Parliament has 75% remain MPs? hmm

waltzingparrot Sun 23-Jun-19 00:23:56

twofingers 480 out of 650 MPs declared they'd voted remain. I make that 75%. What do you make it?

1tisILeClerc Sun 23-Jun-19 07:57:49

The fundamental problems have been that the basic elements of leaving are mutually exclusive, combined with a fair amount of 'lying' suggesting that leaving can be all things (beneficial) to everybody.
The Northern Ireland border is perhaps the trickiest, as there has to be a 'border' where goods are checked (WTO calls for control of goods between territories).
If the electorate had been told from the outset that leaving will incur a (say) 10% increase in the cost of everything, for around 10 years (while new trade deals are struck) do you want that, then it would have been more realistic. The model of things being wonderful on 'basic' WTO terms (no deals) is not what will happen.
Lastly, the 'spin' that is being put on the various polls does not accurately reflect the questions. The EU MEP vote was not about whether the Lab/Tory/Libdem should be MPs in the UK, but they are/were to represent the UK in Brussels. Quite a significant role as it is mixing EU 'politics' with UK domestic politics which for things like fisheries Lab/Tory/Libdem may well have a common approach.

AlphaJura Sun 23-Jun-19 08:14:33

The complexities of disantangling ourselves would've been the same but if leave had got a bigger majority, they would've had a bigger mandate, parliament wouldn't have been as deadlocked, remainers maybe would've accepted it more and not be campaigning for PV and leavers wouldn't be blaming remainers and remainer MPs of thrawting the process and 'trying to overturn the will of the people' as they say a lot right now.

1tisILeClerc Sun 23-Jun-19 08:21:59

The UK was on the best 'deal' with the EU. In theory the UK still is, except it has wasted billions making departure preparations and has largely suspended 'normal' activities.

twofingerstoEverything Sun 23-Jun-19 10:02:08

480 out of 650 MPs declared they'd voted remain. I make that 75%. What do you make it?
Firstly, we only have their word for that. Secondly, You will know that after the referendum many of these 'remain MPs' (Theresa May is a case in point) declared themselves willing to follow the 'will of the people', ie. they ceased being 'remain MPs' if they ever were. You will be aware, too, that MPs will do whatever is expedient for their careers and will bend in the wind if they think it will gain them popularity or help party cohesion. Theresa May's 'red lines' were not the work of a 'remain MP' and if you listen to/watch the news, you'll know that many of those MPs who voted remain back in 2016, now declare themselves leavers. Hunt did it a day or two ago.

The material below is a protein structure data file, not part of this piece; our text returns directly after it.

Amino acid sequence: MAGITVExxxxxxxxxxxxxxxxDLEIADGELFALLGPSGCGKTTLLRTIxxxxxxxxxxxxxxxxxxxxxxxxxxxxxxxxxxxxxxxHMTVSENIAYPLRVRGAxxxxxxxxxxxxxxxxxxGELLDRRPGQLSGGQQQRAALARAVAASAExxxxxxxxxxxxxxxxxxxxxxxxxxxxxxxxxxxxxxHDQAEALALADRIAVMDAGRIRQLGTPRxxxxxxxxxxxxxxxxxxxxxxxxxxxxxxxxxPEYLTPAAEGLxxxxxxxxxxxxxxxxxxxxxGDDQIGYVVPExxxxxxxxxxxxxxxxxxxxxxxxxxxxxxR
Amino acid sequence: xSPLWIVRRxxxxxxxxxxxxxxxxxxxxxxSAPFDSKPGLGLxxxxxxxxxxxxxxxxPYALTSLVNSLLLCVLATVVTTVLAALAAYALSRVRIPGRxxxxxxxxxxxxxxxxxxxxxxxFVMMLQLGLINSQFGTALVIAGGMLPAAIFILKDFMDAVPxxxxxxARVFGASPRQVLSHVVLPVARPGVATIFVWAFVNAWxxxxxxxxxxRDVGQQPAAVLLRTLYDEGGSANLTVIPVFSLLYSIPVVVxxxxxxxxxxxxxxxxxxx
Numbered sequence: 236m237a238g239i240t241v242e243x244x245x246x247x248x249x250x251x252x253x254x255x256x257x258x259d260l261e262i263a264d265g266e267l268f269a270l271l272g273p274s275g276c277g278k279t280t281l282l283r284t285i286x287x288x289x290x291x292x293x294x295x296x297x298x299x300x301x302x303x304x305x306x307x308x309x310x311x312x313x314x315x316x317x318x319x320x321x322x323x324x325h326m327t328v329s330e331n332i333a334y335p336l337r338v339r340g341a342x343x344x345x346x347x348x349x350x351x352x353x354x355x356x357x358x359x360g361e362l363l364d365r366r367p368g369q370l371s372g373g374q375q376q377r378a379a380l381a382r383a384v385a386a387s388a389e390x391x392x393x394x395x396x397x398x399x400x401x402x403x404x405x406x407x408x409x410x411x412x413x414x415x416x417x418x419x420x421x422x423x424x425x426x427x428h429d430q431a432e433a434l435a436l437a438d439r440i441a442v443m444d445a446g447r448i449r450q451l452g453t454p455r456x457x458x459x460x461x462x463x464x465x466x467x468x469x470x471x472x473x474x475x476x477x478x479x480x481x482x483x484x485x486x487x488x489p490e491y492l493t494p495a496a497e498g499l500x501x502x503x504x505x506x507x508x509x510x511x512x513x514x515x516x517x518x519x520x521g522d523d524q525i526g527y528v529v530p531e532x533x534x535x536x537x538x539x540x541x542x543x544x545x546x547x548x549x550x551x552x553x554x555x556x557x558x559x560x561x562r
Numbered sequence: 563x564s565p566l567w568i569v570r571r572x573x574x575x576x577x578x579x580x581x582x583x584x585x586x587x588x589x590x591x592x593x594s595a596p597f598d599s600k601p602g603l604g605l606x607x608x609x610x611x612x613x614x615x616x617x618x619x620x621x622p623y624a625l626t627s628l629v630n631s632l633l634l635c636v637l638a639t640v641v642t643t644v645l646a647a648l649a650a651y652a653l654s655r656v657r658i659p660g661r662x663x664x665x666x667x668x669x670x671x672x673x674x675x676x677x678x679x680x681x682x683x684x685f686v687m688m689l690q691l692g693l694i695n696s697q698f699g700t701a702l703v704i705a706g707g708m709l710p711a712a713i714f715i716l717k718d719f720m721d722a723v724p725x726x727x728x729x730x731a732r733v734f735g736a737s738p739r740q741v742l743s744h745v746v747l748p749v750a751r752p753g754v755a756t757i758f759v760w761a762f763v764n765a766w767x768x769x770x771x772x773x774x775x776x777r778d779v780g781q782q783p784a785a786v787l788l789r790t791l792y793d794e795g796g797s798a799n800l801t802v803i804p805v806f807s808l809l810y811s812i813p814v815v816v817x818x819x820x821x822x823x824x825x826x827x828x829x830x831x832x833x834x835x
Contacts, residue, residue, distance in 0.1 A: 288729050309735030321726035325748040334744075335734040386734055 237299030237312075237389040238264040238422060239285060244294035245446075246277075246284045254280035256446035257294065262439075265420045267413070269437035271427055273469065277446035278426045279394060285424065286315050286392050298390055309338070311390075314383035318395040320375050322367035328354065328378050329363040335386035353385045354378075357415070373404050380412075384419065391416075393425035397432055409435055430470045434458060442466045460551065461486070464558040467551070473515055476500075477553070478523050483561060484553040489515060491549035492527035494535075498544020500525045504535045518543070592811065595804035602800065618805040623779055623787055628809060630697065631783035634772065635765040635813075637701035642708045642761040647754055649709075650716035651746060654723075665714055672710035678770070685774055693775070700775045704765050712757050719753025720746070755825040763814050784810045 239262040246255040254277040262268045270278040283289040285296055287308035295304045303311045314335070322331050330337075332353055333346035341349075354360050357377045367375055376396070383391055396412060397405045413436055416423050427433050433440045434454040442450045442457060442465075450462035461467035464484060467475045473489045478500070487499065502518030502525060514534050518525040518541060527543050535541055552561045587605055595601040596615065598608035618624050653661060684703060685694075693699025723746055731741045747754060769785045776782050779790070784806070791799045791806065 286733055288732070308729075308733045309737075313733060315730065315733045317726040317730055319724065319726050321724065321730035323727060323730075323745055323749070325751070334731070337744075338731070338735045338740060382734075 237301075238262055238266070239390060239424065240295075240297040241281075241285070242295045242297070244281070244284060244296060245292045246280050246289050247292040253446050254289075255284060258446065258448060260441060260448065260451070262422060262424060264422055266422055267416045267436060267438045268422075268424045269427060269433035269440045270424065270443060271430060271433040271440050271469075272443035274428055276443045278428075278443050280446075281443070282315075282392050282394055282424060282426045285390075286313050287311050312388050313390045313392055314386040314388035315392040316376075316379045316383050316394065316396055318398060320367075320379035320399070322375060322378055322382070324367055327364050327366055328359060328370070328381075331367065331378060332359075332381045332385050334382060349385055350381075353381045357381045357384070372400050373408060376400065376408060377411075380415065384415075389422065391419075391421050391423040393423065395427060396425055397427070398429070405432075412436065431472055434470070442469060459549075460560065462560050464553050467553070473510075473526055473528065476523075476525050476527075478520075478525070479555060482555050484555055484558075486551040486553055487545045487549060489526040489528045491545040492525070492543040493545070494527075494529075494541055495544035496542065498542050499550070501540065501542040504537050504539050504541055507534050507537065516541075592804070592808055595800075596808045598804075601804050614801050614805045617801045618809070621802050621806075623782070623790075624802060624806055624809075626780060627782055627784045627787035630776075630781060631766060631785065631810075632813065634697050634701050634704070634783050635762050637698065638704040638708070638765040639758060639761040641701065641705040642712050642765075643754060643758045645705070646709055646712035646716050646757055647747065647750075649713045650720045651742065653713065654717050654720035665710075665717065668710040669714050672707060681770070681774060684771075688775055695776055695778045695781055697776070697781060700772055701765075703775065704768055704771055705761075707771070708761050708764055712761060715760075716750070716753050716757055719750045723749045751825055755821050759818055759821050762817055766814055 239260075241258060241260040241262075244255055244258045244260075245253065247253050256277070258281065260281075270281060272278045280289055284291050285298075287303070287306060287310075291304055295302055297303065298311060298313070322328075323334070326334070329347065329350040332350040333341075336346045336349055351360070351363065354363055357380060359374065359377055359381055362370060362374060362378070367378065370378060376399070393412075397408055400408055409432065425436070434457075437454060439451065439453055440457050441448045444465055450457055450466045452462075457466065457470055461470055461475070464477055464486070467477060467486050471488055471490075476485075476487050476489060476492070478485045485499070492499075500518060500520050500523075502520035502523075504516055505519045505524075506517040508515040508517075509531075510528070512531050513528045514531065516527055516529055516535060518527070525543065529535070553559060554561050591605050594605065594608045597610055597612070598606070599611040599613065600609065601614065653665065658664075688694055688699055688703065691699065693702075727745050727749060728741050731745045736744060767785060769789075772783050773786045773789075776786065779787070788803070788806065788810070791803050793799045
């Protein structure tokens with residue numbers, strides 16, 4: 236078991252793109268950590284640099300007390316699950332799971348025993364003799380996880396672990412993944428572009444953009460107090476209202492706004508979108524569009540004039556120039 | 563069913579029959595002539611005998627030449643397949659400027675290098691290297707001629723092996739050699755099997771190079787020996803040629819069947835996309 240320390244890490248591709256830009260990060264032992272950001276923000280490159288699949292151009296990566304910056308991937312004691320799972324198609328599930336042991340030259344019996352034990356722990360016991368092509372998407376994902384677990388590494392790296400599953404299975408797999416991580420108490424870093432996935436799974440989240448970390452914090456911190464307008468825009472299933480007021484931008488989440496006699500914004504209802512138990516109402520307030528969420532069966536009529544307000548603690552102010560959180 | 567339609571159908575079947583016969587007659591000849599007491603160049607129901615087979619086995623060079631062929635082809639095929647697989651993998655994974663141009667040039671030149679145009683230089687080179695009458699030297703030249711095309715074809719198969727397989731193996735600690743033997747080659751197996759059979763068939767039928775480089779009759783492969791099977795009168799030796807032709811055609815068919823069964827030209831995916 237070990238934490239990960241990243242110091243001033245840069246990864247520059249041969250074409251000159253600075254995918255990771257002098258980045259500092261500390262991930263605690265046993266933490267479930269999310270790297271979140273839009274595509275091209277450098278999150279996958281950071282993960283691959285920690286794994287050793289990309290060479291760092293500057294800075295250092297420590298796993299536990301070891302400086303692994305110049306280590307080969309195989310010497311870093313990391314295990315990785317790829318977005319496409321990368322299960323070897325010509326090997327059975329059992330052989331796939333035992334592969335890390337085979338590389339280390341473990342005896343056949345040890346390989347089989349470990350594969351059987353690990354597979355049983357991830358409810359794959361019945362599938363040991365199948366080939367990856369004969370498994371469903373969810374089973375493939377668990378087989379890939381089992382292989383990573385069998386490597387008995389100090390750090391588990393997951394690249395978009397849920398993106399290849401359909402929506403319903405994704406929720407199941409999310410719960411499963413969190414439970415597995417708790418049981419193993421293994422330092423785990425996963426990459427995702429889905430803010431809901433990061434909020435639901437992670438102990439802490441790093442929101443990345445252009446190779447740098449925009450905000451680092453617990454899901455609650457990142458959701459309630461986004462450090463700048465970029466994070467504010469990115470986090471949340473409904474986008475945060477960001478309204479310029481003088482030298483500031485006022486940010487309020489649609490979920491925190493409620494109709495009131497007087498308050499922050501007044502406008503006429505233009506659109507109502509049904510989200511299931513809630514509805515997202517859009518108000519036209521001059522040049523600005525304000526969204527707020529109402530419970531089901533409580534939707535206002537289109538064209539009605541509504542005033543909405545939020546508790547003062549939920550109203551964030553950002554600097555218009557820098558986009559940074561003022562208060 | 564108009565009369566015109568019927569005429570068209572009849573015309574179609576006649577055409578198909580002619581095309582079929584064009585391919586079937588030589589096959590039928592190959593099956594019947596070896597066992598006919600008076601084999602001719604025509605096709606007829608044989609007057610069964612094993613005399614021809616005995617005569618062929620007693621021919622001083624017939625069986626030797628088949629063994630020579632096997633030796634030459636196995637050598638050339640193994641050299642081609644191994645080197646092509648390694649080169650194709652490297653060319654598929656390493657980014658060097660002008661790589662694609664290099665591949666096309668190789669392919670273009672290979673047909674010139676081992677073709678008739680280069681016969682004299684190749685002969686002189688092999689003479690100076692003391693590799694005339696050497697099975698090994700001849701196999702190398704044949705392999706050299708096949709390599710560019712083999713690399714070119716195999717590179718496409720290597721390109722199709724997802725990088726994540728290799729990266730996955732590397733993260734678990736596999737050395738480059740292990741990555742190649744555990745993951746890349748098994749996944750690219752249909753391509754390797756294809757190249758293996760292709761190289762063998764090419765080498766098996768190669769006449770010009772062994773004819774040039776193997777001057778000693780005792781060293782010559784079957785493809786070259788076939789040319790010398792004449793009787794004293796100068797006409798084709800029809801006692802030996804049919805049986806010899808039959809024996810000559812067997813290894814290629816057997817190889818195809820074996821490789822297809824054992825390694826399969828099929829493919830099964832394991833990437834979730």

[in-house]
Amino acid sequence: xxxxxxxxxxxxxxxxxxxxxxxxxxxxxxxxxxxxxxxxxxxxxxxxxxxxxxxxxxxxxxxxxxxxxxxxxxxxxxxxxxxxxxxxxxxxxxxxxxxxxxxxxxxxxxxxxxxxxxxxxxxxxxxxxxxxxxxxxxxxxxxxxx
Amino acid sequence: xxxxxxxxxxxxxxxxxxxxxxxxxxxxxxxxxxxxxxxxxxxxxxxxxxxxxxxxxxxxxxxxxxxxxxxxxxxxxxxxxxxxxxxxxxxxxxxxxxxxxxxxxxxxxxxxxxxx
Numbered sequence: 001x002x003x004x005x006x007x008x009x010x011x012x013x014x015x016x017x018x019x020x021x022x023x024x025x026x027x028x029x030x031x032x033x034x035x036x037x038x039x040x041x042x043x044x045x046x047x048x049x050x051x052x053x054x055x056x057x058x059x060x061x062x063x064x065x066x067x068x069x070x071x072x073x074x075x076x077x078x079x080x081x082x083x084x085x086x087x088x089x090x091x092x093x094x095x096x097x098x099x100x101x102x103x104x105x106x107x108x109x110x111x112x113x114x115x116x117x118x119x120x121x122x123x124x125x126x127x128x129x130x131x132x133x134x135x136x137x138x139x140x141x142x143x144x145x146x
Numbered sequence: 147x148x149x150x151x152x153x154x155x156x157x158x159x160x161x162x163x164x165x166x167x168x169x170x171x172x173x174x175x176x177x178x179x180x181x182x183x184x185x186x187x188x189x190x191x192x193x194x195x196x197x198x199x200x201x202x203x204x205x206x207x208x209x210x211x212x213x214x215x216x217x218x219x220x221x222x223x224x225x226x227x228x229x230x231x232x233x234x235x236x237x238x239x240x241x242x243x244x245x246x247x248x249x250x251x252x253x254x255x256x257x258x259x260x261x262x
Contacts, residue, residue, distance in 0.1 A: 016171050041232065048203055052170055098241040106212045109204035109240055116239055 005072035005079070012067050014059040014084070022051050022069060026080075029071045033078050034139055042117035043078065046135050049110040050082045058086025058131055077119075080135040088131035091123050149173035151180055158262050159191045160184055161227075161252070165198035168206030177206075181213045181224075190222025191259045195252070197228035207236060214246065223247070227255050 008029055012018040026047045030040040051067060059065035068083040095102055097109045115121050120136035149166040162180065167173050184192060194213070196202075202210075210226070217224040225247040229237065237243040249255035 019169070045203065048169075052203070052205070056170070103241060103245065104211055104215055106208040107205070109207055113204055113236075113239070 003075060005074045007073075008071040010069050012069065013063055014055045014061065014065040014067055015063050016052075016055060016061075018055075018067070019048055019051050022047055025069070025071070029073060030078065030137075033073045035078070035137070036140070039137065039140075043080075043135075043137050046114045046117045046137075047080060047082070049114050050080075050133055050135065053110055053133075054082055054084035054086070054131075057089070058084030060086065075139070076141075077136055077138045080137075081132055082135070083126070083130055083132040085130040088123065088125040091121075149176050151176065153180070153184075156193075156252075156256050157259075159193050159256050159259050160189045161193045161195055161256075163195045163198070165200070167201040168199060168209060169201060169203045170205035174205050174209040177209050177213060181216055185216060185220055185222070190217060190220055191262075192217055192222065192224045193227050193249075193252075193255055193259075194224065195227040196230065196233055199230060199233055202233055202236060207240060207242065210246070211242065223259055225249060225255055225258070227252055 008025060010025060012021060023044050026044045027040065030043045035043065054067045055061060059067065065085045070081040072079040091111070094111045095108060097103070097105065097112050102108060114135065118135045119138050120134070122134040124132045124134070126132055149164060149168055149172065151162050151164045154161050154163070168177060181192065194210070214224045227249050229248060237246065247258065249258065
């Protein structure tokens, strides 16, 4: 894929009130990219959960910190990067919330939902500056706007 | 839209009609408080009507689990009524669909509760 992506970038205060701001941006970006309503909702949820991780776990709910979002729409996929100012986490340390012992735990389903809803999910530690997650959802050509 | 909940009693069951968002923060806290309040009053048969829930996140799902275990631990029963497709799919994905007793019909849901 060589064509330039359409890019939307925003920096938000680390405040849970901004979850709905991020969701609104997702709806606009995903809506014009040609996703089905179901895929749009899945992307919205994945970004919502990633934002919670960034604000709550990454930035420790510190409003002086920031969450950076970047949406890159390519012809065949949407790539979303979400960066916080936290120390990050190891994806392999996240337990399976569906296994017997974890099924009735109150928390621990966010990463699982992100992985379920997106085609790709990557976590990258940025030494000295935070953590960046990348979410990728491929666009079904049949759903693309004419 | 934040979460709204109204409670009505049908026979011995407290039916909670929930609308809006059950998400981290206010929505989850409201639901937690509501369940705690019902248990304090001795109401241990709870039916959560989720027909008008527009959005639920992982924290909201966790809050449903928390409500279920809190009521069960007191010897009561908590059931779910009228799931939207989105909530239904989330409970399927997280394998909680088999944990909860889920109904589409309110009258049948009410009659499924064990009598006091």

Your assertion that there are 75% remain MPs now (as opposed to MPs who say they voted remain three years ago) is therefore questionable.

Peregrina Sun 23-Jun-19 10:12:29

You will know that after the referendum many of these 'remain MPs' (Theresa May is a case in point) declared themselves willing to follow the 'will of the people', ie. they ceased being 'remain MPs' if they ever were.

Very much the case with the ex MP for Oxford West and Abingdon. She followed May and happily sung from the Leaver hymn sheet, until May called her snap election. Ms Blackwood then woke up and realised that she was still in a strongly Remain constituency, and started bleating how she had voted Remain, but it was too late.

Peregrina Sun 23-Jun-19 10:14:43

Besides which we are constantly told that 80% of the population voted for parties which support Leave, so presumably those MPs support the party line.

lljkk Sun 23-Jun-19 10:41:49

The premise of the People's Vote is that people are allowed to change their minds. That include people who voted Remain in 2016.

Many of those who campaigned for Remain in 2016 voted to keep Crashing out On an Exit option. Leaving Crashing out as an option is not a true blue Believer Remainer strategy, is it? Pretending that everything political is forever stuck in June 2016 is daft.

AlphaJura Sun 23-Jun-19 15:55:43

Cameron shouldn't have called the referendum without a proper plan. People are understandably upset they voted for something that hasn't been implemented yet but many of them without the foresight to predict this, just thought that if they voted for it, it would happen. They were naive enough to think the gov had it in hand. Most people didn't even consider NI. Some people even thought we'd be 'out' the next day. So these people are just doubling down and getting more and more angry and frustrated and they are being fuelled by Farage and co to think it's a 'betrayal' and just confirms their belief that the establishment don't want it. I thought maybe, when it all started going wrong, that leavers would realise what a terrible idea it was and change their mind, but things have just got more entrenched and divided. I know some have changed their minds, but in general, they haven't.

I do think aswell, for such a massive change, a bigger majority should've been required. At least 60/40. I don't think referendums are a good idea for our democracy and the way our parliament is set up. I read somewhere that referendums are the tool of demigouges and dictators and I can see why now. When it all goes to shit, BJ can absolve himself by saying 'it was the will of the people, democracy etc etc'.